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Falcons Offense Has Historically Great Regular Season

Posted Jan 2, 2017

The Falcons closed out the regular season with a 38-32 victory over the Saints, and reaffirmed the notion that their offense is the best in football.

The Falcons’ offense entered Week 17 as the best in football. Four quarters later, it solidified its place as one of the best offenses in history.

With a 38-32 win over New Orleans, Atlanta finished 2016 with 540 points – tied with the 2000 Rams for the seventh-most an NFL club has ever scored in a single season. That output is 71 points more than any other team accumulated this year and 176 points above the league average.

Week 17's triumph also marked the 11th time Atlanta had 30-plus points, the third-most ever in an NFL season, and its five 40-plus-point efforts rank second all-time.

More than anything else, the Falcons reached these heights because of their efficiency. They scored 3.23 points per drive, per Football Outsiders, and gained 6.69 yards per play – both tops in the league.

Matt Ryan, of course, led Atlanta to these historic numbers. In 16 games, the veteran QB finished with 4,944 yards – a new franchise record – 38 touchdowns and seven interceptions, good for league-bests in QB rating (117.1) and ESPN’s Total QBR (83.3).

Just how good is that overall stat line? It made Ryan one of three NFL players (along with Tom Brady and Aaron Rodgers) to throw for 3,500-plus yards and 10 or fewer INTs in a season.

And, like the offense in general, Ryan was incredibly efficient: His 9.26 yards per attempt is the highest in NFL history for a 16-game season and any season with 350-plus attempts. For perspective: Rodgers earned a lower Y/A in 15 of 16 contests, and no one other than Ryan had a higher Y/A than 8.23 in 2016.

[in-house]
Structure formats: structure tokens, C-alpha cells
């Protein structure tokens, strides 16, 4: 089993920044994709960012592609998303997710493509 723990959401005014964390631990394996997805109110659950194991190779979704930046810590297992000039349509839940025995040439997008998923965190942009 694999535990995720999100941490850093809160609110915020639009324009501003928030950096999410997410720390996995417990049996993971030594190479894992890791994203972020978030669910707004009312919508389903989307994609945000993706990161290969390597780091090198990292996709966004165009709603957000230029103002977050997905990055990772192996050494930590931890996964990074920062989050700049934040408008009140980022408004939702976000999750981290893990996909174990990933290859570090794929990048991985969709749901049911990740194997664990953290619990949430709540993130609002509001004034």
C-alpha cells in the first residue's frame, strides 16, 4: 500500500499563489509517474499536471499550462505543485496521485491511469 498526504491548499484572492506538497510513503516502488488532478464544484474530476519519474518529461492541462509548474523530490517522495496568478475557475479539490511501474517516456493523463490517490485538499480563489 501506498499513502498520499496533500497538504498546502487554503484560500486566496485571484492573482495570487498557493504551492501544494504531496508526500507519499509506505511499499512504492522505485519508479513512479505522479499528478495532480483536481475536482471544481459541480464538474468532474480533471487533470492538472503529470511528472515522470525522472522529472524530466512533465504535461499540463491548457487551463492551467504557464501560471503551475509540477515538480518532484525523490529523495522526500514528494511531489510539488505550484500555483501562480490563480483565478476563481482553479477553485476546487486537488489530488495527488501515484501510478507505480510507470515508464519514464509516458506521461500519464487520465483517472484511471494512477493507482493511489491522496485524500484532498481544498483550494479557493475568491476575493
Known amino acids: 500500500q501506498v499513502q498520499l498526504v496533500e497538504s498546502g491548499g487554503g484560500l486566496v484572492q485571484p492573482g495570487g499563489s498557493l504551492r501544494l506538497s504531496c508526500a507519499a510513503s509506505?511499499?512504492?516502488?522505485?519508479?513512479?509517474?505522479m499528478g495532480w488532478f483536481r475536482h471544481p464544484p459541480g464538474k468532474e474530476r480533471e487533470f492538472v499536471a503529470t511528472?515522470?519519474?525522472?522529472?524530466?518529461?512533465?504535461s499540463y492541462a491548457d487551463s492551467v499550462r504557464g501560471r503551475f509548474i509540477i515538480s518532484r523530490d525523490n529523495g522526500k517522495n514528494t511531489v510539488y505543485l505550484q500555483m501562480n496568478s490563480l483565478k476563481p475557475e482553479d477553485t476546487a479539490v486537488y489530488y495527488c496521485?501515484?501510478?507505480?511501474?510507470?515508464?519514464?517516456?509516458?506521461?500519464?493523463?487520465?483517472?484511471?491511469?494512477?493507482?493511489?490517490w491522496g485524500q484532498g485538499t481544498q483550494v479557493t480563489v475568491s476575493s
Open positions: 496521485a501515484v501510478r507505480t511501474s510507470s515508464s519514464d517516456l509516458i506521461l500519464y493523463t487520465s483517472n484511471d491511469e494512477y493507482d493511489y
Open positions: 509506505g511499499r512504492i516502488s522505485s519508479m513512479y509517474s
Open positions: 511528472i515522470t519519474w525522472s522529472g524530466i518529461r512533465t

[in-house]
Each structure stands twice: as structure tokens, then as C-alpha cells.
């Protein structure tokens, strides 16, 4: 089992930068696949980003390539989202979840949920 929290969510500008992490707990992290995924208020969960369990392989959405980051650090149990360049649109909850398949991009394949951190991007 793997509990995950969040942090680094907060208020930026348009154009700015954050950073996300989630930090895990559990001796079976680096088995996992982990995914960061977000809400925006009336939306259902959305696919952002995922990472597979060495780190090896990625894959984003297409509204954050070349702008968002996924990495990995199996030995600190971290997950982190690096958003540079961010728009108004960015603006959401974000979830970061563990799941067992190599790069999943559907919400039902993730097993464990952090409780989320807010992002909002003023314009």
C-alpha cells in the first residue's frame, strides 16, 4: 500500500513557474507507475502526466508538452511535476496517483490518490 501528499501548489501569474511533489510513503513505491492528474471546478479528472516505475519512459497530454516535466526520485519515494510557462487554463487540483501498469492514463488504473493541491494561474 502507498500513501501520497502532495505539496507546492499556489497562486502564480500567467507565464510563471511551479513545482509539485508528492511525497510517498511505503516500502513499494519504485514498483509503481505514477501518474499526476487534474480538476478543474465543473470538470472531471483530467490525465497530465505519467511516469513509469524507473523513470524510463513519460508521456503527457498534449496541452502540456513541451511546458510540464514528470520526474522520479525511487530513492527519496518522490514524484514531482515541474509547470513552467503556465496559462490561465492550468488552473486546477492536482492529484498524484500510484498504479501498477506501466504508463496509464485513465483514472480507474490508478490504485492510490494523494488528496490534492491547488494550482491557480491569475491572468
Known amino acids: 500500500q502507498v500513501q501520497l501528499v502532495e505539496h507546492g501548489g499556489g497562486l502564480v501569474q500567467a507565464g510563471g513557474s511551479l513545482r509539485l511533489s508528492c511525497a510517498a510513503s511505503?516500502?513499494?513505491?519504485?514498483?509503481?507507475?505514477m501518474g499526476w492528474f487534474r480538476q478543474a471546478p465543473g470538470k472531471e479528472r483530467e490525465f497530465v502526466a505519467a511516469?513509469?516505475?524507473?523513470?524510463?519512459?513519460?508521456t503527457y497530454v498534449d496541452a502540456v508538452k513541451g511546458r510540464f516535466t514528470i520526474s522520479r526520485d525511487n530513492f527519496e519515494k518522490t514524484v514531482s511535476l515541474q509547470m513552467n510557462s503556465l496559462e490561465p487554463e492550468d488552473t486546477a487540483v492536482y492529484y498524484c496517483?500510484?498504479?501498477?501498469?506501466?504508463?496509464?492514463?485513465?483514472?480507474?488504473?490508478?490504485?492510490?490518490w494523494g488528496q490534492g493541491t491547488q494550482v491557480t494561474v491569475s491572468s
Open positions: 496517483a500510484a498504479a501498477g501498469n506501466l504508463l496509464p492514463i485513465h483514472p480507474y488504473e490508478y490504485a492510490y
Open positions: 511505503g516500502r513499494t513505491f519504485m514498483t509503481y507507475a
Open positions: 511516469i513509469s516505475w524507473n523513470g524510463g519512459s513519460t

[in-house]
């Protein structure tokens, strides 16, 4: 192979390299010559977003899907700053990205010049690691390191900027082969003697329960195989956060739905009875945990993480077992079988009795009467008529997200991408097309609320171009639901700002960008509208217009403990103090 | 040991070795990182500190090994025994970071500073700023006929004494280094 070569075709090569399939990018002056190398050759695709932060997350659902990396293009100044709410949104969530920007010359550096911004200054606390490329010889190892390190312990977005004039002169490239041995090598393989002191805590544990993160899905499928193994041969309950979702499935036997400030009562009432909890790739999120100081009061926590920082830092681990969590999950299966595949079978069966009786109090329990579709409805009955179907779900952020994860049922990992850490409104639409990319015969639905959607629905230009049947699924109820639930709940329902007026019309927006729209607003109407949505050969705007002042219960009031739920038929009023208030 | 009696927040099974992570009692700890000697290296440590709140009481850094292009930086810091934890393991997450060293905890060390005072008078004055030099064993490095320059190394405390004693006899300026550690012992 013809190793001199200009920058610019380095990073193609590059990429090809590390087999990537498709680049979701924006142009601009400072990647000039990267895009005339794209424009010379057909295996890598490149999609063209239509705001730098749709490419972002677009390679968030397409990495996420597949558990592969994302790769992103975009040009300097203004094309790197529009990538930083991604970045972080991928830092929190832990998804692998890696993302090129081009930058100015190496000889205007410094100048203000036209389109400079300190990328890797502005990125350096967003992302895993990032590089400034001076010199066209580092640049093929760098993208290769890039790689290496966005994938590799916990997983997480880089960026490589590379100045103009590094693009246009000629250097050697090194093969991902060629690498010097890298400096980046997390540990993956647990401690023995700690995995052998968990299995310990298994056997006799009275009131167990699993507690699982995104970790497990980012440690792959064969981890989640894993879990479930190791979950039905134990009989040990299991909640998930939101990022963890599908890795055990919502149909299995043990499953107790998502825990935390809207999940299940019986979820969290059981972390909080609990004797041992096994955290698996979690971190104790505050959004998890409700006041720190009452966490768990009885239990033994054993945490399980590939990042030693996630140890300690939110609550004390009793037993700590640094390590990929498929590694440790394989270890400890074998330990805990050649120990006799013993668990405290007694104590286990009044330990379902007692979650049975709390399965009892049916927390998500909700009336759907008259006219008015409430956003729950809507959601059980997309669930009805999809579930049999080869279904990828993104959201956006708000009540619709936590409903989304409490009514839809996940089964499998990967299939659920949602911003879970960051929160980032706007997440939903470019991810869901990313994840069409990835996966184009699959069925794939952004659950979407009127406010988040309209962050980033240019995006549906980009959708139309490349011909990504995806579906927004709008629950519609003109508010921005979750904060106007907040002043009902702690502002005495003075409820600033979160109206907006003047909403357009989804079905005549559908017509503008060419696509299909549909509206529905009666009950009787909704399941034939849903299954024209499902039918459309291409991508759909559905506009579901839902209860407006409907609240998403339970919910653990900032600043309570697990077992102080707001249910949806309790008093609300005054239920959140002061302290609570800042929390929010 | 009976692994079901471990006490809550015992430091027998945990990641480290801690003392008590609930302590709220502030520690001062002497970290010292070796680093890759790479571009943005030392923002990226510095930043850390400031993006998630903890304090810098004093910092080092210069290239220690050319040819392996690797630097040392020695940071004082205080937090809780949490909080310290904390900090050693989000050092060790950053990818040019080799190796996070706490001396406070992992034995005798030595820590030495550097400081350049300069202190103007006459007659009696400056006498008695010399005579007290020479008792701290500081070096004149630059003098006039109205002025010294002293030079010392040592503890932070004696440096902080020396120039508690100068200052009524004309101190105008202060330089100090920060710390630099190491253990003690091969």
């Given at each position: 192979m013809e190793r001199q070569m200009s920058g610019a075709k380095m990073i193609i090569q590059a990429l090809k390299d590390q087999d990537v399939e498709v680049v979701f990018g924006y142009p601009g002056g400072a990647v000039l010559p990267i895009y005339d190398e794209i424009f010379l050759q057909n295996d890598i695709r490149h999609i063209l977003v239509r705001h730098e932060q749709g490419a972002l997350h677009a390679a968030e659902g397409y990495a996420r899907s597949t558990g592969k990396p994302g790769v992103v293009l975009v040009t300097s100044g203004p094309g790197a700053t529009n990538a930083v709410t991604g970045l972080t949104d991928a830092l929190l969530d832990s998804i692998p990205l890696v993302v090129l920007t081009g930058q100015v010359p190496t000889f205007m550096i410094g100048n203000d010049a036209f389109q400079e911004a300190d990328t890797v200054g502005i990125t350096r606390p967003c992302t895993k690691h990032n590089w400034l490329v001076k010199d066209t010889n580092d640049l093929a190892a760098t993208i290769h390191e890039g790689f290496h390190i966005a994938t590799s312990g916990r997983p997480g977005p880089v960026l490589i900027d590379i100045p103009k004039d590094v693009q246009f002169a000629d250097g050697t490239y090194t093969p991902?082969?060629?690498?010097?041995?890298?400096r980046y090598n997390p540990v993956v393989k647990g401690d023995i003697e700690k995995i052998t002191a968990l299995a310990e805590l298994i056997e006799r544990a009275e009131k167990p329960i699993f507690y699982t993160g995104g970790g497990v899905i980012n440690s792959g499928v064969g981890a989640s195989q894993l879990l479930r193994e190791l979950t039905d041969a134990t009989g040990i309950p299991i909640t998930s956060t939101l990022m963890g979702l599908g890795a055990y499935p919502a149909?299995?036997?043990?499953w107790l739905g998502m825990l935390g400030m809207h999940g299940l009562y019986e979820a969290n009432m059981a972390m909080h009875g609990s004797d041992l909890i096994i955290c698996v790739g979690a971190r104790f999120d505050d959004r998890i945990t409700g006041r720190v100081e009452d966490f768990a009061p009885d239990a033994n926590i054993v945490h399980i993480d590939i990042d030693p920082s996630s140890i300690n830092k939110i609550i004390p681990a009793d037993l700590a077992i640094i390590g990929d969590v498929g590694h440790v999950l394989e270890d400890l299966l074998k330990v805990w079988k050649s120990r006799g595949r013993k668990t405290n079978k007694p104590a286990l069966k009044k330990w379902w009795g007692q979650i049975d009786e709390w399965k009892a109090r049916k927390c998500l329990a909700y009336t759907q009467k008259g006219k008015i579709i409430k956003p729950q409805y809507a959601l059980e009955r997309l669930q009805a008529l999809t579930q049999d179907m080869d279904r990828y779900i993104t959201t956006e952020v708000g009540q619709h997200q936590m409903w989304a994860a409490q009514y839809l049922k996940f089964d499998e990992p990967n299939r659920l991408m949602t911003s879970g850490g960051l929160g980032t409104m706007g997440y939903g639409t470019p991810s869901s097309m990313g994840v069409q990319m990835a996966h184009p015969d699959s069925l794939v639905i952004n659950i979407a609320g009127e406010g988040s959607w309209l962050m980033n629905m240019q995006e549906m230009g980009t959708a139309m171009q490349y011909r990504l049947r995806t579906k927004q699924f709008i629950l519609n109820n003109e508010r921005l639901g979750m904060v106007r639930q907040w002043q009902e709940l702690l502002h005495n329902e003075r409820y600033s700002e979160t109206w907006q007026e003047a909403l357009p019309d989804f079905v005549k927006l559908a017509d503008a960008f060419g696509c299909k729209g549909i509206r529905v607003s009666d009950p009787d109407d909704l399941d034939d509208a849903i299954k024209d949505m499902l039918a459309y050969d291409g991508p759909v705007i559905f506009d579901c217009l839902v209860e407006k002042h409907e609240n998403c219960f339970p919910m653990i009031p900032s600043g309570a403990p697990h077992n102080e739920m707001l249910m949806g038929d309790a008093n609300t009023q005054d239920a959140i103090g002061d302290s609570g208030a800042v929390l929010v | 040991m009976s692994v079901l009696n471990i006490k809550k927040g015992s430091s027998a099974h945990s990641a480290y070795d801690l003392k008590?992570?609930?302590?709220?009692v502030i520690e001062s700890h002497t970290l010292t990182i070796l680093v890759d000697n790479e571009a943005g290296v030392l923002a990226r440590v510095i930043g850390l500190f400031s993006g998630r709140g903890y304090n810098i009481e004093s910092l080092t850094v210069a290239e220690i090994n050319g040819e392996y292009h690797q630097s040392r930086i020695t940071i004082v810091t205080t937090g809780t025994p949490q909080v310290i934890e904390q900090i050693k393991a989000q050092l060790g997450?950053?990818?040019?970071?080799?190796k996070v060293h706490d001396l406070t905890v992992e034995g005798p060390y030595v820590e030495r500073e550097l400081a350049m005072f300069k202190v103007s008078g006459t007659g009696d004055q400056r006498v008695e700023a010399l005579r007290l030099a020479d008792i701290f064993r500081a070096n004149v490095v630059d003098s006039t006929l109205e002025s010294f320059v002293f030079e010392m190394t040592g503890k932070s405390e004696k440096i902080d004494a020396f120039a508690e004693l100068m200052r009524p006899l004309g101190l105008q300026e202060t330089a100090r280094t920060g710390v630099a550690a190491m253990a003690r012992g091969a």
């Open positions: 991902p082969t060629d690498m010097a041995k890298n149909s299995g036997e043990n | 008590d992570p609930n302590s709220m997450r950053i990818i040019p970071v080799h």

That rate was put together thanks to remarkable consistency, as Ryan set a new league record by notching at least 200 passing yards in 55 consecutive games, a streak that remains alive. His 12 games with a passer rating over 100 were the most in the NFL and tied with Brady (2007, 2010) and Steve Young (1994) for the second-most all-time. Only Rodgers (13 in 2011) has had more in a year.

Additionally, Ryan tallied 7.91 Y/A or more during all 16 matchups in 2016. Kurt Warner (2001) previously held the record with at least 6.87 Y/A in every regular season game. He won his second MVP award following that campaign and, after learning about this fact, said Ryan should receive the same honor.

One of the biggest differences between Ryan’s MVP-caliber work and his past performance was the way he threw the deep ball. On attempts targeted 20-plus yards downfield, he completed 32 of 63 passes for 1,149 yards, 11 touchdowns and zero interceptions. His 136.1 QB rating on such throws ranked No. 1 amongst qualifying signal-callers, according to Pro Football Focus.

Many of those throws were completed during play-action plays, during which he registered 1,650 passing yards – 461 above the pack – nine TDs and a 118.2 QB rating.

Ryan’s outing on Sunday was a microcosm for the entire season. He methodically shredded the Saints’ defense by connecting on 27 of 36 attempts for 331 yards and four touchdowns to four receivers.

It was no surprise he distributed the ball to so many of his teammates: On Christmas Eve, with a one-yard toss to DJ Tialavea, he set an NFL record by firing a TD pass to 13 different Falcons in 2016.

“I told the team it was in typical Falcon offensive fashion to be going to four different receivers for the touchdown passes so it just felt like they were in a groove," head coach Dan Quinn said after the victory. "I thought Matt played particularly well today. He created some, moved in the pocket and just threw some balls that were right on point."

These stats will be talked about for a long time, and, in many eyes, make Atlanta's QB the most valuable player in football. More importantly, however, the Falcons’ offensive success has put them in position to make a deep playoff run. That’s what Ryan is focusing on as he prepares for his first trip to the postseason since January, 2013.

“We did what we needed to do,” he said. “To me, that’s what you want to do as an offense. That’s what you want to do as a quarterback. When games shake out a certain way, you have to figure out what you have to do to win games. I’m proud of the way we handled that. At the end of the day, I think the most important thing is we have given ourselves a chance. We have an opportunity in front of us now. It’ll be fun.”

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